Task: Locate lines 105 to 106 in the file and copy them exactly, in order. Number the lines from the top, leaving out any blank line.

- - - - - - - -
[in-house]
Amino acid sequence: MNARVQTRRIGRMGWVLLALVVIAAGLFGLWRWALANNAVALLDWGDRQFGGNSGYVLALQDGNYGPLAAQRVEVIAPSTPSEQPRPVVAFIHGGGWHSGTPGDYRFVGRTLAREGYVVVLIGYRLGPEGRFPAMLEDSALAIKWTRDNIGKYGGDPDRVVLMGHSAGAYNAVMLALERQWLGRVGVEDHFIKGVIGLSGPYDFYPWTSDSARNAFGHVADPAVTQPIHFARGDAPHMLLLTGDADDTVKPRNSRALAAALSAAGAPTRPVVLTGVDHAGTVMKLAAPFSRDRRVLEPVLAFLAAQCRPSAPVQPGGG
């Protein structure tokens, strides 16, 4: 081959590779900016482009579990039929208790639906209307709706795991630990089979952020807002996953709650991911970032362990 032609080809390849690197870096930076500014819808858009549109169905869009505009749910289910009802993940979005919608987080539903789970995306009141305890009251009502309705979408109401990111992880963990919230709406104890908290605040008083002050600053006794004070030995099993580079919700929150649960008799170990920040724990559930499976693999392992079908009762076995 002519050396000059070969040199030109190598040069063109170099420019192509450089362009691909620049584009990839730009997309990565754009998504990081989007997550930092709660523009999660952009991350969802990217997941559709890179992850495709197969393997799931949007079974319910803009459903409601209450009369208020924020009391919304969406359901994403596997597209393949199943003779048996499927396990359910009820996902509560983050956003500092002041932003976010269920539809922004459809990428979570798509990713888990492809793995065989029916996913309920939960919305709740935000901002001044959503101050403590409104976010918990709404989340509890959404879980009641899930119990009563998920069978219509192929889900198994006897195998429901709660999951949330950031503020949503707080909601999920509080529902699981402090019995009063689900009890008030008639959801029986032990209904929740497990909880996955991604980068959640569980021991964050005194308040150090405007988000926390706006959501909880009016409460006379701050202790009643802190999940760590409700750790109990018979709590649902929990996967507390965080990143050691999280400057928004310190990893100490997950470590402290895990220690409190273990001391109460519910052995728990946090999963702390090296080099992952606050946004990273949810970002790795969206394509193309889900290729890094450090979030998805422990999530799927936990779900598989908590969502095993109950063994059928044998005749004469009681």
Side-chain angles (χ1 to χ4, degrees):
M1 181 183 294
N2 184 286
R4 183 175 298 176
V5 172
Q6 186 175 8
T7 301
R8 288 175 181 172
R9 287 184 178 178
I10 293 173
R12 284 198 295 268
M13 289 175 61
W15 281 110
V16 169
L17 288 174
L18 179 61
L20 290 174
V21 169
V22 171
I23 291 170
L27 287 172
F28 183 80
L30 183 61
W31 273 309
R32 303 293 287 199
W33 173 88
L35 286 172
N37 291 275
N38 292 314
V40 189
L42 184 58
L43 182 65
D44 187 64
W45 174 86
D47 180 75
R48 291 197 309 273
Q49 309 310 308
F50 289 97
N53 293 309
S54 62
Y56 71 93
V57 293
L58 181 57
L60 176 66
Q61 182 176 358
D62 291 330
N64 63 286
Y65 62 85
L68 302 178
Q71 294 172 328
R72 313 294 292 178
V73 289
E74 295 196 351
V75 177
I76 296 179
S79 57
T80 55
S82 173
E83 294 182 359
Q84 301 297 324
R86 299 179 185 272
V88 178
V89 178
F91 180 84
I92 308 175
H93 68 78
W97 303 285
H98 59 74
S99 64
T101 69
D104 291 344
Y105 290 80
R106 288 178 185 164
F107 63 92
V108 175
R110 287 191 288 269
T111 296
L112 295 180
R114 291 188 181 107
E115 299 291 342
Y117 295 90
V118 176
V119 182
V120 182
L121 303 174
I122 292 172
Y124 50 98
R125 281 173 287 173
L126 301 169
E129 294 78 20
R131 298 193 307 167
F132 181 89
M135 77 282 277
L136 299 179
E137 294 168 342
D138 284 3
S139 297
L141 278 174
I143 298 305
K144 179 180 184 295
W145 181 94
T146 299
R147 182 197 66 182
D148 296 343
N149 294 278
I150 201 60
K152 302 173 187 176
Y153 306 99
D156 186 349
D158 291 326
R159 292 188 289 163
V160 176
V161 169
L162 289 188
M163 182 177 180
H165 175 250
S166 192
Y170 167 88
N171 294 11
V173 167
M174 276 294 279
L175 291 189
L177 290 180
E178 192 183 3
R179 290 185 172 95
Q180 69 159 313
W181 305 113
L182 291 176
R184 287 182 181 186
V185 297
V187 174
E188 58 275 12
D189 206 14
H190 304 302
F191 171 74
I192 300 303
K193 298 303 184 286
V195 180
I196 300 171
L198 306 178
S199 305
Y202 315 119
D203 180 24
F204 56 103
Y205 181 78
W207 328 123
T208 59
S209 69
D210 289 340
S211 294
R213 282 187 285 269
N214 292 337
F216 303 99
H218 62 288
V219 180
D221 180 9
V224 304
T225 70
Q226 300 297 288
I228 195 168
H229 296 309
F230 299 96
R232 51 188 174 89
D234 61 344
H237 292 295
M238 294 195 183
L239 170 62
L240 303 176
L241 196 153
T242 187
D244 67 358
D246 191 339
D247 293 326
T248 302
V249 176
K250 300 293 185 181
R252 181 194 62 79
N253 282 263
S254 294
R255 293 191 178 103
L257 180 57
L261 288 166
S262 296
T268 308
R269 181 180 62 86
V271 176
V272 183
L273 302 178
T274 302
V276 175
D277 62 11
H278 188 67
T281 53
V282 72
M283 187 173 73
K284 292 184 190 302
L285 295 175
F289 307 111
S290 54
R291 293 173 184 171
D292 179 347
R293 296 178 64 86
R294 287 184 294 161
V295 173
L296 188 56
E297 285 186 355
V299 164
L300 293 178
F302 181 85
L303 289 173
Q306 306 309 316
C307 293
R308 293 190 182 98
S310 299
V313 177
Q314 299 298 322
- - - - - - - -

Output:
T146 299
R147 182 197 66 182